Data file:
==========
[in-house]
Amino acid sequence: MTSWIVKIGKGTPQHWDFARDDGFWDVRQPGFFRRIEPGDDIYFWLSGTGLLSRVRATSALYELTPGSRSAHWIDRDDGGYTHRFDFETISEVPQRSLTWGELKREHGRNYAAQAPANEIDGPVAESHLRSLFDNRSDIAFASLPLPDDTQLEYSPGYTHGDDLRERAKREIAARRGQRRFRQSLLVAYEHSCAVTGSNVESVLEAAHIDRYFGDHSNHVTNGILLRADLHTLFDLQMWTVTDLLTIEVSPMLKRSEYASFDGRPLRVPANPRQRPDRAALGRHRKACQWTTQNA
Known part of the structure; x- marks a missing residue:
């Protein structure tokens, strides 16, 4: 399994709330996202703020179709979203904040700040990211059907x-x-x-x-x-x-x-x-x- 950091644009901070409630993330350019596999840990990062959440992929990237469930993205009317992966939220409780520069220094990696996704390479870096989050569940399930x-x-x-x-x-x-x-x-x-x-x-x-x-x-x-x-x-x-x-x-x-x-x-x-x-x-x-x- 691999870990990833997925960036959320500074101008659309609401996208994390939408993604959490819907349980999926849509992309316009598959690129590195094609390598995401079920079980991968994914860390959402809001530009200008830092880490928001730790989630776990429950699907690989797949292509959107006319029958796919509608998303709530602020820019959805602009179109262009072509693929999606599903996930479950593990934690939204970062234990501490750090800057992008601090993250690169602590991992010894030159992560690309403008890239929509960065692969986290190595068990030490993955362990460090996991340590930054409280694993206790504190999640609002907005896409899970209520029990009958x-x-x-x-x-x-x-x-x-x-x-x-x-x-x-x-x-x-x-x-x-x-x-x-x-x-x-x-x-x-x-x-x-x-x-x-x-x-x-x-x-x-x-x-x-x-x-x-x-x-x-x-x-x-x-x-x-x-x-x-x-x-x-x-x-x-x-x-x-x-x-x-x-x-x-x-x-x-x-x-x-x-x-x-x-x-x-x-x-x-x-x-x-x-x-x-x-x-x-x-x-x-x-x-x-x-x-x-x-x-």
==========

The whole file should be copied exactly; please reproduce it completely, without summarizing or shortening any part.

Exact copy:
[in-house]
Amino acid sequence: MTSWIVKIGKGTPQHWDFARDDGFWDVRQPGFFRRIEPGDDIYFWLSGTGLLSRVRATSALYELTPGSRSAHWIDRDDGGYTHRFDFETISEVPQRSLTWGELKREHGRNYAAQAPANEIDGPVAESHLRSLFDNRSDIAFASLPLPDDTQLEYSPGYTHGDDLRERAKREIAARRGQRRFRQSLLVAYEHSCAVTGSNVESVLEAAHIDRYFGDHSNHVTNGILLRADLHTLFDLQMWTVTDLLTIEVSPMLKRSEYASFDGRPLRVPANPRQRPDRAALGRHRKACQWTTQNA
Known part of the structure; x- marks a missing residue:
């Protein structure tokens, strides 16, 4: 399994709330996202703020179709979203904040700040990211059907x-x-x-x-x-x-x-x-x- 950091644009901070409630993330350019596999840990990062959440992929990237469930993205009317992966939220409780520069220094990696996704390479870096989050569940399930x-x-x-x-x-x-x-x-x-x-x-x-x-x-x-x-x-x-x-x-x-x-x-x-x-x-x-x- 691999870990990833997925960036959320500074101008659309609401996208994390939408993604959490819907349980999926849509992309316009598959690129590195094609390598995401079920079980991968994914860390959402809001530009200008830092880490928001730790989630776990429950699907690989797949292509959107006319029958796919509608998303709530602020820019959805602009179109262009072509693929999606599903996930479950593990934690939204970062234990501490750090800057992008601090993250690169602590991992010894030159992560690309403008890239929509960065692969986290190595068990030490993955362990460090996991340590930054409280694993206790504190999640609002907005896409899970209520029990009958x-x-x-x-x-x-x-x-x-x-x-x-x-x-x-x-x-x-x-x-x-x-x-x-x-x-x-x-x-x-x-x-x-x-x-x-x-x-x-x-x-x-x-x-x-x-x-x-x-x-x-x-x-x-x-x-x-x-x-x-x-x-x-x-x-x-x-x-x-x-x-x-x-x-x-x-x-x-x-x-x-x-x-x-x-x-x-x-x-x-x-x-x-x-x-x-x-x-x-x-x-x-x-x-x-x-x-x-x-x-």